Advance tickets may be purchased at Le Deco Gallery.

This had to have been the most astonishing three days of my life.  Each night the place was packed, and on the last night there were lines in the street of people waiting to come in, including many of my dearest friends.  The staff had to take the potted plants out of the gallery to make room for everyone who wanted to stand.  I can’t take credit for this; the line-up on that night was stellar, and three very famous singers, Ua, Ikuko and Sandii Manumele came and performed in addition to those already on the schedule.

The reason so many great performers came to sing on behalf of Kaorico and her clothing is because Kaorico’s clothes are not just fashion.  They express a philosophy that reveres Native American spirituality, Hawaiian spirituality, the works of Mother Teresa and Gandhi, and my book, Living on the Earth.  All of these are about naturalness and simplicity, loving the earth as our common mother, and seeing all beings as family. Kaorico’s newest line of clothing is called “Loving and Sharing.”

In Which I Illustrate a Tour T-shirt for a Major Japanese Pop Star

Singer/songwriter Yuki, a Sony Japan label artist, released an album this year called The Present, and I was hired to draw and letter a design proscribed by the singer herself, for her 2010 tour t-shirts.

The t-shirts have just been released. Yuki and her staff chose the colors of the drawing and lettering as well as the shirt.  What I found amazing about the this t-shirt is that the design is not printed – it is machine embroidered onto the t-shirt.  Even the handwriting!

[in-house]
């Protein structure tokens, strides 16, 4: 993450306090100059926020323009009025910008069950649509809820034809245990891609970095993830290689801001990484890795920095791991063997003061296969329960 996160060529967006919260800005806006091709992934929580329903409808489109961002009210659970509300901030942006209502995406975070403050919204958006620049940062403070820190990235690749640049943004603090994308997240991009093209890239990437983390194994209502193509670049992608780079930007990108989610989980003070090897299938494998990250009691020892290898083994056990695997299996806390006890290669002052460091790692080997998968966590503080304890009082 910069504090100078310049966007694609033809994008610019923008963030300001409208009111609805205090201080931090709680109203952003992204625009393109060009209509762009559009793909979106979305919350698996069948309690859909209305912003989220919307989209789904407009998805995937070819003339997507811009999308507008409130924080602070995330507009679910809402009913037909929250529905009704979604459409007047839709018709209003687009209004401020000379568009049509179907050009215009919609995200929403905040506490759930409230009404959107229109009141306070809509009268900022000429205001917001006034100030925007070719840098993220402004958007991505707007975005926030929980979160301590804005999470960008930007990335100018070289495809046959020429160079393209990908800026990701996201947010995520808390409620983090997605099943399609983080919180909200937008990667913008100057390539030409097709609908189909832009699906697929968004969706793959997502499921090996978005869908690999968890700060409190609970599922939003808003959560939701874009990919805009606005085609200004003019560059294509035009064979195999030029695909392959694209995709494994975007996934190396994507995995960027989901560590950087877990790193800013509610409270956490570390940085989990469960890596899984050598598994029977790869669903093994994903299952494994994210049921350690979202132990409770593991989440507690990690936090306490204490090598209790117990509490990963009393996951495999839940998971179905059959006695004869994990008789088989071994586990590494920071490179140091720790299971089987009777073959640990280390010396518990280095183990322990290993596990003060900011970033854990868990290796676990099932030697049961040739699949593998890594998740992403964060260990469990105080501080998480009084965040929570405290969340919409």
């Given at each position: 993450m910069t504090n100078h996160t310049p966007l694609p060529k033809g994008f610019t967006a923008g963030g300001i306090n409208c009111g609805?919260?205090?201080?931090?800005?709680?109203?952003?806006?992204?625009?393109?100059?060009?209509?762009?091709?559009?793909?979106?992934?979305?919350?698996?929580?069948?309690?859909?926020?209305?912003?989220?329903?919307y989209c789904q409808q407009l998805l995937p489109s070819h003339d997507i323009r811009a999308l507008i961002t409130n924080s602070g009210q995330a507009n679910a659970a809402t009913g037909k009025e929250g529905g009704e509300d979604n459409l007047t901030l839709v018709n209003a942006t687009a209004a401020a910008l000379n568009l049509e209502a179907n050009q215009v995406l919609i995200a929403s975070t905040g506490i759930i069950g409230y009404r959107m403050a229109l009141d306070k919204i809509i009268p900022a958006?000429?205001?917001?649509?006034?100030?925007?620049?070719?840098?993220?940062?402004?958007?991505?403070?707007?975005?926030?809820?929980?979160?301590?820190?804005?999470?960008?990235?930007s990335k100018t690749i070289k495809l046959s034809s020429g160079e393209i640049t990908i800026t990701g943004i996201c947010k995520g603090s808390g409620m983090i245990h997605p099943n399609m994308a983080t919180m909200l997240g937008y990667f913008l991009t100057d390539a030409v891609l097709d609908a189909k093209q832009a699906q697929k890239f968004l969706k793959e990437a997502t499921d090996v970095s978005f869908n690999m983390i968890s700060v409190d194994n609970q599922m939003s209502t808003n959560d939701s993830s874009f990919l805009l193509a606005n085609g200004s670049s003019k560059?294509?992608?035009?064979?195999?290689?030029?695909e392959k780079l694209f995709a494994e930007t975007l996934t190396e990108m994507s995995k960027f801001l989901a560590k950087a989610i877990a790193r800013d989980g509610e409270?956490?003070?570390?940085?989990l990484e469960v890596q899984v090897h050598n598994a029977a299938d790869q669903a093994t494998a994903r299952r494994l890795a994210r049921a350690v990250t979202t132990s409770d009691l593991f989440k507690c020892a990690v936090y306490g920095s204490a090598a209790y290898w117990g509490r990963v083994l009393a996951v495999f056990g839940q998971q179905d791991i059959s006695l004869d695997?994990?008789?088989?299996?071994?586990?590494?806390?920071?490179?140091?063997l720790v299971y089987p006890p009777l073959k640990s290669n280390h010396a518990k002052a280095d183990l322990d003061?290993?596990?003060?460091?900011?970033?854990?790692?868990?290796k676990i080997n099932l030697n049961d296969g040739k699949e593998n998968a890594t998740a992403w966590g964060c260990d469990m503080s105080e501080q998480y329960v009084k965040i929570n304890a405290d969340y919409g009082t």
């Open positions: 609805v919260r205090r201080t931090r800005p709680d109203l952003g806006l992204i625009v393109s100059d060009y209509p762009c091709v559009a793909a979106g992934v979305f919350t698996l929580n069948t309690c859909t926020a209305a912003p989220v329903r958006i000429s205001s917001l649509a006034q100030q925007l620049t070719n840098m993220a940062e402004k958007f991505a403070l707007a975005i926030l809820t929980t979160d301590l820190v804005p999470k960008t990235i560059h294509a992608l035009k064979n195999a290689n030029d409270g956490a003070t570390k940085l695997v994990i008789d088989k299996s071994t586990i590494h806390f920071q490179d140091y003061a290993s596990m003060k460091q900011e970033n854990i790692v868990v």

Next month Yuki’s staff will release a shawl and matching pouch I illustrated and lettered per their design, also to be offered on Yuki’s tour.  I’ll let you know when they are posted.

The lettering on the shawl is the lyrics to Yuki’s lovely song in which a man and a woman describe what they think and do over the course of 24 hours, which contrast interestingly and become confluent at the end. My illustrations for the shawl feature images from Yuki’s lyrics, including her requested frogs, braids, and roses.

Yuki specifically requested that the drawing for the back of her t-shirt look like the illustration on the back cover of my book Living on the Earth, only with braids, roses and frogs – all elaborated in embroidery.

Another World, a novel by Yoshimoto Banana, with drawings by Alicia Bay Laurel

When I met Yoshimoto Banana in September 2009, I asked her if she’d like my illustrations for her next book. It turned out, she did. Here it is, published on May 30th, 2010, with one of my drawings on the cover and one opposite the title page (the drawing below).

The assignment was this: an ink line drawing of a woman, a cat and a plant. I made nine of them and send them all for consideration. Banana-san and her publisher chose two. Here are some of the out-takes.

The novel is not translated into English yet, but gist of the story, as I understand it, is this:

A young woman falls in love with an artist who is grieving his departed wife. The artist keeps drawing pictures of the wife, who was not really a human, but a cat in human form. His wife cared only about other cats, and thought the kind of things cats think. Eventually, though, he does come to appreciate the young woman and return her love. Along the way we also get an environmental message about making a better world. The title of the work is “Another World.”

Banana-san wrote in the afterword of her book:

It is my feeling that the difficult times we are facing now will continue for a while.

We should trust in our intuitions and instincts and not lose sight of ourselves. Otherwise, we’ll find it too hard to keep living in this world. In such times, I hope this novel of mine will stay close to the reader as a useful tool to overcome such difficulties, even if for a little while. You don’t have to follow the same lifestyle as the characters in the novel. It’s just my wish that you will at least read and feel their emotions that constantly vibrate in sympathy with Nature.